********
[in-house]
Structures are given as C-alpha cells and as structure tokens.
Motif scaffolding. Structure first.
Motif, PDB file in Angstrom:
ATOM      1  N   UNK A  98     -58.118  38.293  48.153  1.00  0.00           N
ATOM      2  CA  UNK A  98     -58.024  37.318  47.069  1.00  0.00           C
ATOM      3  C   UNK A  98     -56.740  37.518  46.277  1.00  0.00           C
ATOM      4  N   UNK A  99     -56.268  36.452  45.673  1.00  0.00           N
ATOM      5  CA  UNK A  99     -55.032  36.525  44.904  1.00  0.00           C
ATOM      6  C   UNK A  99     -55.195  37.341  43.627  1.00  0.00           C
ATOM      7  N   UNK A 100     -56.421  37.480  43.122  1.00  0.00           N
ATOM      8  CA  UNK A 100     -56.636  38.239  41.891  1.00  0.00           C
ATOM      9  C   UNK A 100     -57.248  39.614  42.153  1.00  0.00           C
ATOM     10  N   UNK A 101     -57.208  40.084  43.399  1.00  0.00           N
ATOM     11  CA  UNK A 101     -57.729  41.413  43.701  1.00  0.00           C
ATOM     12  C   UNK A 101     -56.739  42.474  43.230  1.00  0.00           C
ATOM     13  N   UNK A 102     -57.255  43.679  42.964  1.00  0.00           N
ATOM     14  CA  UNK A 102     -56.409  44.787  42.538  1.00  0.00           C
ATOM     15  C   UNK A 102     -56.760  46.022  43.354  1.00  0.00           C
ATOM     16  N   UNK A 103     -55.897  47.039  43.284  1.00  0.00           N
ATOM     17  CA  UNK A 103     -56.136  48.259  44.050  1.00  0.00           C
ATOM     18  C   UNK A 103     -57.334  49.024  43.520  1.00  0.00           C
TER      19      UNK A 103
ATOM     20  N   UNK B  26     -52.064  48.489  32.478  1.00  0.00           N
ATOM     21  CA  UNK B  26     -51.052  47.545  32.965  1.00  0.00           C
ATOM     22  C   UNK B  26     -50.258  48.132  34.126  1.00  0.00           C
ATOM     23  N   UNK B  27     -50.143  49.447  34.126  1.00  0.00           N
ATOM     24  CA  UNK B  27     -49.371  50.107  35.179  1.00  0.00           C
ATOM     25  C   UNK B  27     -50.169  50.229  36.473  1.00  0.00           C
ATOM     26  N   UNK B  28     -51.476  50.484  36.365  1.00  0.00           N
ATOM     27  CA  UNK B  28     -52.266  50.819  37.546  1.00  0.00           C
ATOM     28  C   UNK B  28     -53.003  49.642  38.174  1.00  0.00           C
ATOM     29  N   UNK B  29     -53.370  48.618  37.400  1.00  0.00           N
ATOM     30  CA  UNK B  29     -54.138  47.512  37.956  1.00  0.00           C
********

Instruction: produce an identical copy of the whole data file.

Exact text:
[in-house]
Structures are given as C-alpha cells and as structure tokens.
Motif scaffolding. Structure first.
Motif, PDB file in Angstrom:
ATOM      1  N   UNK A  98     -58.118  38.293  48.153  1.00  0.00           N
ATOM      2  CA  UNK A  98     -58.024  37.318  47.069  1.00  0.00           C
ATOM      3  C   UNK A  98     -56.740  37.518  46.277  1.00  0.00           C
ATOM      4  N   UNK A  99     -56.268  36.452  45.673  1.00  0.00           N
ATOM      5  CA  UNK A  99     -55.032  36.525  44.904  1.00  0.00           C
ATOM      6  C   UNK A  99     -55.195  37.341  43.627  1.00  0.00           C
ATOM      7  N   UNK A 100     -56.421  37.480  43.122  1.00  0.00           N
ATOM      8  CA  UNK A 100     -56.636  38.239  41.891  1.00  0.00           C
ATOM      9  C   UNK A 100     -57.248  39.614  42.153  1.00  0.00           C
ATOM     10  N   UNK A 101     -57.208  40.084  43.399  1.00  0.00           N
ATOM     11  CA  UNK A 101     -57.729  41.413  43.701  1.00  0.00           C
ATOM     12  C   UNK A 101     -56.739  42.474  43.230  1.00  0.00           C
ATOM     13  N   UNK A 102     -57.255  43.679  42.964  1.00  0.00           N
ATOM     14  CA  UNK A 102     -56.409  44.787  42.538  1.00  0.00           C
ATOM     15  C   UNK A 102     -56.760  46.022  43.354  1.00  0.00           C
ATOM     16  N   UNK A 103     -55.897  47.039  43.284  1.00  0.00           N
ATOM     17  CA  UNK A 103     -56.136  48.259  44.050  1.00  0.00           C
ATOM     18  C   UNK A 103     -57.334  49.024  43.520  1.00  0.00           C
TER      19      UNK A 103
ATOM     20  N   UNK B  26     -52.064  48.489  32.478  1.00  0.00           N
ATOM     21  CA  UNK B  26     -51.052  47.545  32.965  1.00  0.00           C
ATOM     22  C   UNK B  26     -50.258  48.132  34.126  1.00  0.00           C
ATOM     23  N   UNK B  27     -50.143  49.447  34.126  1.00  0.00           N
ATOM     24  CA  UNK B  27     -49.371  50.107  35.179  1.00  0.00           C
ATOM     25  C   UNK B  27     -50.169  50.229  36.473  1.00  0.00           C
ATOM     26  N   UNK B  28     -51.476  50.484  36.365  1.00  0.00           N
ATOM     27  CA  UNK B  28     -52.266  50.819  37.546  1.00  0.00           C
ATOM     28  C   UNK B  28     -53.003  49.642  38.174  1.00  0.00           C
ATOM     29  N   UNK B  29     -53.370  48.618  37.400  1.00  0.00           N
ATOM     30  CA  UNK B  29     -54.138  47.512  37.956  1.00  0.00           C